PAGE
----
William Burns: “US President and State Secretary are interested in active success of OSCE Minsk Group efforts’”

William Burns: “US President and State Secretary are interested in active success of OSCE Minsk Group efforts’”
# 19 February 2010 15:49 (UTC +04:00)
I was last here in 1992, as a young diplomat working for Secretary Baker, on his first visit to a newly independent Azerbaijan. Much has changed since then, in Azerbaijan and in the world, and I greatly admire all that your country has achieved, said US Under Secretary of State for Political Affairs William Burns at the Azerbaijan Diplomatic Academy, APA reports.

I am grateful for the opportunity to meet later today with President Aliyev and to speak with members of civil society. We value our bilateral relationship with Azerbaijan and are deeply appreciative of your country’s support with regard to Afghanistan, counterterrorism, and other important elements of regional and global security. We look forward to a growing and deepening relationship over the coming years on these and other issues.

Our history of shared relations with Azerbaijan is a long and fruitful one on many fronts, with the notable success of the Baku-Tbilisi-Ceyhan pipeline as only one example of that cooperative and collaborative spirit. The pipeline unlocked Caspian energy resources for the world, but it and other projects have also fueled Azerbaijan’s economy and secured a more independent economic future for the Azerbaijani people.

I realize that some talk about competition between U.S. and Russian energy policies as the next Great Game in Central Asia. This is misleading. While there are always elements of competition in energy matters, as in any commercial area, the U.S. does not believe that energy security is a zero-sum game. It is our firm belief that we can gain more by working together than against one another. Greater interconnectivity maximizes diverse sources and routes, ensures better market pricing, and protects against supply disruptions, for the good of all countries.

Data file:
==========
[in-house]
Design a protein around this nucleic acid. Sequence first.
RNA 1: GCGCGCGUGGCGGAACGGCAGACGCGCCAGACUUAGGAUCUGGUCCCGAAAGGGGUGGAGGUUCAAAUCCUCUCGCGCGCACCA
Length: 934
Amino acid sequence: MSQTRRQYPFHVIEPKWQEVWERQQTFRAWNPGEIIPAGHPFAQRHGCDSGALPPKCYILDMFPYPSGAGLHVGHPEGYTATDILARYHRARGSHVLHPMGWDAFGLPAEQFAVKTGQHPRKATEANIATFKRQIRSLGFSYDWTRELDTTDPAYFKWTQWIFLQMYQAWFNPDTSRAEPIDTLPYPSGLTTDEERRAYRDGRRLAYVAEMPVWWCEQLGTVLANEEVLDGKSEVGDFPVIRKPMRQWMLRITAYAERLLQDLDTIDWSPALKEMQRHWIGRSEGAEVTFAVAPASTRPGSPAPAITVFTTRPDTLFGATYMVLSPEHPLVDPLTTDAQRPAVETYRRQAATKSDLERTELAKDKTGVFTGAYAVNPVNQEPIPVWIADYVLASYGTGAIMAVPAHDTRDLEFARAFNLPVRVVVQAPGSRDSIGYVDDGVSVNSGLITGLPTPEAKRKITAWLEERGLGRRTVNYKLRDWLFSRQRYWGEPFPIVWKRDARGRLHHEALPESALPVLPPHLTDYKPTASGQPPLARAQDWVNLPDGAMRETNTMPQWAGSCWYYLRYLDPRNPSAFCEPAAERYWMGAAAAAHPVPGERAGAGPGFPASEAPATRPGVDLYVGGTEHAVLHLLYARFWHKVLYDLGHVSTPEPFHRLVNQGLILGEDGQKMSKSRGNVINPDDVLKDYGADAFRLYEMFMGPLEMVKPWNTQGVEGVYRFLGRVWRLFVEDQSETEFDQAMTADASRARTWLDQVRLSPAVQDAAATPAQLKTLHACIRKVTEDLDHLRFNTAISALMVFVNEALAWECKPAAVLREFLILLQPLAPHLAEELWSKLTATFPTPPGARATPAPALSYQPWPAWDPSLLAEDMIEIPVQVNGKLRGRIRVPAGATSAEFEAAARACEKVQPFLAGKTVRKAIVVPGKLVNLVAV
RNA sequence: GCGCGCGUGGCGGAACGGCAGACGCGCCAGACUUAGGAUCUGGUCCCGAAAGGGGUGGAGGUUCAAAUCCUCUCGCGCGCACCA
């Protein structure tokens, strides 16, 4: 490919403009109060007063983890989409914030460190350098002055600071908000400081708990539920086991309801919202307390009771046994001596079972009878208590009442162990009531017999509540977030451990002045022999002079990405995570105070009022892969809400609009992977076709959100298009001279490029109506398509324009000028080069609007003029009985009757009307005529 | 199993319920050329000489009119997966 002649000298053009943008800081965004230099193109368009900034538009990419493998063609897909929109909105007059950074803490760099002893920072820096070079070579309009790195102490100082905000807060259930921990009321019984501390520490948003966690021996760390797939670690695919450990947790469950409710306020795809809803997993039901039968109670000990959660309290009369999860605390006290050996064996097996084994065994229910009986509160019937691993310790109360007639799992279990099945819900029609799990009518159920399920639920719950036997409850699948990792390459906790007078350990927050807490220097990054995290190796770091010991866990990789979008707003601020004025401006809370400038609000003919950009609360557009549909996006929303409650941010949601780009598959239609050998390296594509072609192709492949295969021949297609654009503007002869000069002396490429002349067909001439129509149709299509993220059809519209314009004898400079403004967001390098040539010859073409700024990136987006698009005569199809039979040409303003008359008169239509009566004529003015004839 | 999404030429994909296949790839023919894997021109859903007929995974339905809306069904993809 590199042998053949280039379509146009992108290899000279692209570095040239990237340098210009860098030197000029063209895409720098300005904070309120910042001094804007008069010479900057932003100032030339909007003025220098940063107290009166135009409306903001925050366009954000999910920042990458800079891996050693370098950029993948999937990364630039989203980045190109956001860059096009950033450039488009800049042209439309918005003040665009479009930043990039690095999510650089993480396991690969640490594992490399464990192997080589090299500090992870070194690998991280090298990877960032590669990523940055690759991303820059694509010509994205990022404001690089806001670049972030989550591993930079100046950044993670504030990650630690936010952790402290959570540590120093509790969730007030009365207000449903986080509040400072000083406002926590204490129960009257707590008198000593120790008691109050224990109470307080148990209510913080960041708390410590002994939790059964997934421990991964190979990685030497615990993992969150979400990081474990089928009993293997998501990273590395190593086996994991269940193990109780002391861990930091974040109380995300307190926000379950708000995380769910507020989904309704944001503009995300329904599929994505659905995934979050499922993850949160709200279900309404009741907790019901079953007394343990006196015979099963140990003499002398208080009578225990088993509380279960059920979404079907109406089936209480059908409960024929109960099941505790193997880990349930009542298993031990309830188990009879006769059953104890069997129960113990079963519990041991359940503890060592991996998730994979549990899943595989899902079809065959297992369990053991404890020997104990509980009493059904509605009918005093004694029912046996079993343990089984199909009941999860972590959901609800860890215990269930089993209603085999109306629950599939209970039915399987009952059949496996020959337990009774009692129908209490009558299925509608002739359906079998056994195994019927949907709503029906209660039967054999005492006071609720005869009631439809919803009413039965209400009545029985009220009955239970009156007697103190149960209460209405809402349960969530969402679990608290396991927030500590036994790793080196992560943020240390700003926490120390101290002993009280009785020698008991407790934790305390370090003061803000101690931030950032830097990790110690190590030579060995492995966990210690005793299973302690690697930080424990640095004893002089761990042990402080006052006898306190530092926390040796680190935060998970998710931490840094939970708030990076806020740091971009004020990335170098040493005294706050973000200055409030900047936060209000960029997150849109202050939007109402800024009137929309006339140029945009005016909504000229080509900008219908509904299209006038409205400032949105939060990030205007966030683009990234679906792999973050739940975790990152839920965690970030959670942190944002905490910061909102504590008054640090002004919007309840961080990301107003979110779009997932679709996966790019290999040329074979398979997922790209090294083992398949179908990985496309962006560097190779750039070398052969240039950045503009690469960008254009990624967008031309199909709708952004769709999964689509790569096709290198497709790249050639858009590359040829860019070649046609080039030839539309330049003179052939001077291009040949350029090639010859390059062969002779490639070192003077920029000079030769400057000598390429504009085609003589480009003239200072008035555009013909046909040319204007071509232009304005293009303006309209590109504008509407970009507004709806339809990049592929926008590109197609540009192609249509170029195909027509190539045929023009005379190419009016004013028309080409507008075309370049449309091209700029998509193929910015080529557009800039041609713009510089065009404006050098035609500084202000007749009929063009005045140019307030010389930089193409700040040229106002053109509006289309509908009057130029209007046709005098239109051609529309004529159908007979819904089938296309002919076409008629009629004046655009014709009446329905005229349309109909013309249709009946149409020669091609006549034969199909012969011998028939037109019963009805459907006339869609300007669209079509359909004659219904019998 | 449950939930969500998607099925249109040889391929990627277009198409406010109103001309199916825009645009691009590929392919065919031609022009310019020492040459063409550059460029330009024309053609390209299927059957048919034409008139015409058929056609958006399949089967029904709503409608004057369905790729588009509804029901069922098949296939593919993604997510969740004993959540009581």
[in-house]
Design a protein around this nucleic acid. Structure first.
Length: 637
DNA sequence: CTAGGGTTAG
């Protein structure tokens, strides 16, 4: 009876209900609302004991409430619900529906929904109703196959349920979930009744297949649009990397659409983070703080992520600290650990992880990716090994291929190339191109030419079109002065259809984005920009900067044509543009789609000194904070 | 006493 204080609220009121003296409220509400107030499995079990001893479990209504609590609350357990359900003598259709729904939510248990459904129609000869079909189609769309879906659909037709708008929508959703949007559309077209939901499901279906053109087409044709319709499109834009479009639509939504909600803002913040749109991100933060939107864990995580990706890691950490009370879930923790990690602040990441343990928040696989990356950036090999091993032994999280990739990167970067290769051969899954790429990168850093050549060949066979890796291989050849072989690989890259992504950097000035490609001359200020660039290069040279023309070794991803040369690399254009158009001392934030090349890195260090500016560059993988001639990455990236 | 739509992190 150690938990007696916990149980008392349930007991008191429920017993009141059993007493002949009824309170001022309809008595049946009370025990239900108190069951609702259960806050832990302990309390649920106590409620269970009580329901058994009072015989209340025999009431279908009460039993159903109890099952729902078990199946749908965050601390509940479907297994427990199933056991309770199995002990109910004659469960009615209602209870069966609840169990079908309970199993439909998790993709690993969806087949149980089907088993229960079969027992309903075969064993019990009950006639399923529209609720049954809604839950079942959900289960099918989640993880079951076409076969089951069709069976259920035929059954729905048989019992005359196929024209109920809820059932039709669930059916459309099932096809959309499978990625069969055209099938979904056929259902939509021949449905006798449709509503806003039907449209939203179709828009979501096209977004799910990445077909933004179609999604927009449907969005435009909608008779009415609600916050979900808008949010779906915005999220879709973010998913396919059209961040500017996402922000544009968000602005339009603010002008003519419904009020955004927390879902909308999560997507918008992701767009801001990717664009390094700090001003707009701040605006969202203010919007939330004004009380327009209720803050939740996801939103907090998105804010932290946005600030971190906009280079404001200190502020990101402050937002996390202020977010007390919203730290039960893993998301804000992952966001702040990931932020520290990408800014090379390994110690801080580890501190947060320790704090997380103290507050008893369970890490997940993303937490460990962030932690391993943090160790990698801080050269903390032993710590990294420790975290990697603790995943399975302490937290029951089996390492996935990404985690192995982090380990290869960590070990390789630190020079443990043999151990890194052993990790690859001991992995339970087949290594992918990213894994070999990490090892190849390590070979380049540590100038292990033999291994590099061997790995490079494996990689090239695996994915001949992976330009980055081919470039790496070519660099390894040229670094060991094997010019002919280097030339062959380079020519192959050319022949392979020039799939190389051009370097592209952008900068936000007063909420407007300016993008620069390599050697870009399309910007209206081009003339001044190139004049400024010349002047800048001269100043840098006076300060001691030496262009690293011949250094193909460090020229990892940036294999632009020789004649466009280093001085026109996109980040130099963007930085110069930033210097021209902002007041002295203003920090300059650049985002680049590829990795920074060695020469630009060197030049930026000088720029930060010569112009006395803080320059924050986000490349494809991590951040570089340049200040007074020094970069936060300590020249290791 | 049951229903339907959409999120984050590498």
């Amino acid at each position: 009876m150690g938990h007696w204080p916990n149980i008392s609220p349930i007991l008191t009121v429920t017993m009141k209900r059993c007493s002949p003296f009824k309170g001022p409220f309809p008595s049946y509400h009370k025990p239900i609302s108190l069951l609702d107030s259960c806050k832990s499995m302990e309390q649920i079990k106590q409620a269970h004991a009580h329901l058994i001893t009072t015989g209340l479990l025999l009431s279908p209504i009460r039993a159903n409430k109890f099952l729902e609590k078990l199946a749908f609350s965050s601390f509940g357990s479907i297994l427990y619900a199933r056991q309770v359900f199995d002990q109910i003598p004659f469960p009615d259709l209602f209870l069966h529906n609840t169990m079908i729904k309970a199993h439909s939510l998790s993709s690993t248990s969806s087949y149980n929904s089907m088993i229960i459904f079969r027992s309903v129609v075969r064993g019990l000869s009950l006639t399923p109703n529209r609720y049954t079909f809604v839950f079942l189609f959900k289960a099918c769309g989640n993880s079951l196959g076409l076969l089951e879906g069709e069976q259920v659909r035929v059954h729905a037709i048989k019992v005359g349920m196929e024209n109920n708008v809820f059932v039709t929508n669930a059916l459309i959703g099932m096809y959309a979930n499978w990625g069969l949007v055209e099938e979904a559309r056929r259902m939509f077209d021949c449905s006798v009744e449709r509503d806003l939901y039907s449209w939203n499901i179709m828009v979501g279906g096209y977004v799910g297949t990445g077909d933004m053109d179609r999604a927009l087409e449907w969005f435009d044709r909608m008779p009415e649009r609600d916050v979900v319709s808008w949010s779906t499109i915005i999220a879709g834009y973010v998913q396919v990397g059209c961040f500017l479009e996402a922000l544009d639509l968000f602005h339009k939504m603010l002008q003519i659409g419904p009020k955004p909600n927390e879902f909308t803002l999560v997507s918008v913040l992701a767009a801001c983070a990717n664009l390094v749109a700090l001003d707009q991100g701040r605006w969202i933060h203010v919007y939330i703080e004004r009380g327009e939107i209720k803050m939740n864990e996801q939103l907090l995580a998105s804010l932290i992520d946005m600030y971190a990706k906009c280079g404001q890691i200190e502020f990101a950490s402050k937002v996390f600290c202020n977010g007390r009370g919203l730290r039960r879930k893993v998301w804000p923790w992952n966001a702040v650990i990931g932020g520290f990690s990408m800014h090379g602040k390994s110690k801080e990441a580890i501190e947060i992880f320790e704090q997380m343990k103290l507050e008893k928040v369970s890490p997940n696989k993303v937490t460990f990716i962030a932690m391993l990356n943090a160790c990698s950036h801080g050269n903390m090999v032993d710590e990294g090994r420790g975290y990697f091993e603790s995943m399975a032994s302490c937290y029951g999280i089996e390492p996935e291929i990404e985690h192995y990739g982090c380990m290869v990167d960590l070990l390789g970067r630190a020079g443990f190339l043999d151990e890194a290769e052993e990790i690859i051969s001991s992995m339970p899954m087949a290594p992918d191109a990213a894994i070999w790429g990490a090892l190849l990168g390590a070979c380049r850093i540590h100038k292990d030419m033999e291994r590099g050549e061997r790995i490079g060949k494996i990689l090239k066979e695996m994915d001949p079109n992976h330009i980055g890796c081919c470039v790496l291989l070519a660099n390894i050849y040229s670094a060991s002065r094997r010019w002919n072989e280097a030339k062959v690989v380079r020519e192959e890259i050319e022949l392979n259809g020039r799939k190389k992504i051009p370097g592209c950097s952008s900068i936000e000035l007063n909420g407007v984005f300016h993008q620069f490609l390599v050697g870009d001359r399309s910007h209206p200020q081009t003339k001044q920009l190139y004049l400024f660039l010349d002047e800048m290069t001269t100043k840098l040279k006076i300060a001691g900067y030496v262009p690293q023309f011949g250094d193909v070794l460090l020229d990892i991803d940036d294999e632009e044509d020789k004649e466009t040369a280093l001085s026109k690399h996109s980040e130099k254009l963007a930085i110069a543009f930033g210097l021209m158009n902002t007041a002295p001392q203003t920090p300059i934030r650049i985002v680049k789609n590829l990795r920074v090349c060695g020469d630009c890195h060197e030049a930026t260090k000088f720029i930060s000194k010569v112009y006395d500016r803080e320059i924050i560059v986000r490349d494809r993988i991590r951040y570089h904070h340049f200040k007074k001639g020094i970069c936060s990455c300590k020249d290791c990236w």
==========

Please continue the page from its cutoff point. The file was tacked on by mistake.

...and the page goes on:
More broadly than energy, we are committed to efforts to enhance regional security in the Caucasus. Working together with Russia and France as OSCE Minsk Group co-chairs, we are engaged at the highest level in trying to find a stable and durable resolution to the Nagorno-Karabakh conflict on the basis of the Helsinki principles of territorial integrity, self-determination and non-use of force or the threat of use of force. My colleague, Ambassador Bob Bradtke, is leading this effort for us. President Obama and Secretary Clinton also take a very active personal interest in the success of the Minsk Group efforts as part of our comprehensive approach to security in the region. Peace, stability and tolerance can only benefit all the people in the Caucasus region.

We also believe that the strengthening of democratic institutions, rule of law and respect for human rights will have a positive effect on the future of this country and the region, and we will continue to be supportive of efforts in this direction. An active civil society complements the role of government and strengthens the nation as a whole.

The U.S. is a strong friend of Azerbaijan and is committed to working together with the Azerbaijani government and its people to support the development of a secure, prosperous, and democratic state. A strong and dynamic partnership between our two nations is important as we face a range of global challenges which neither of us can tackle alone. I believe that we have such a partnership and my visit here today is a part of that.

Twenty-eight years ago, I sat where you are sitting, in a similar room at the State Department’s Foreign Service Institute, preparing for my first posting as an American diplomat. I have been very lucky in my career, and I am envious of all the experiences that you now have ahead of you. I wish you all the very best, and now I look forward to your questions and comments.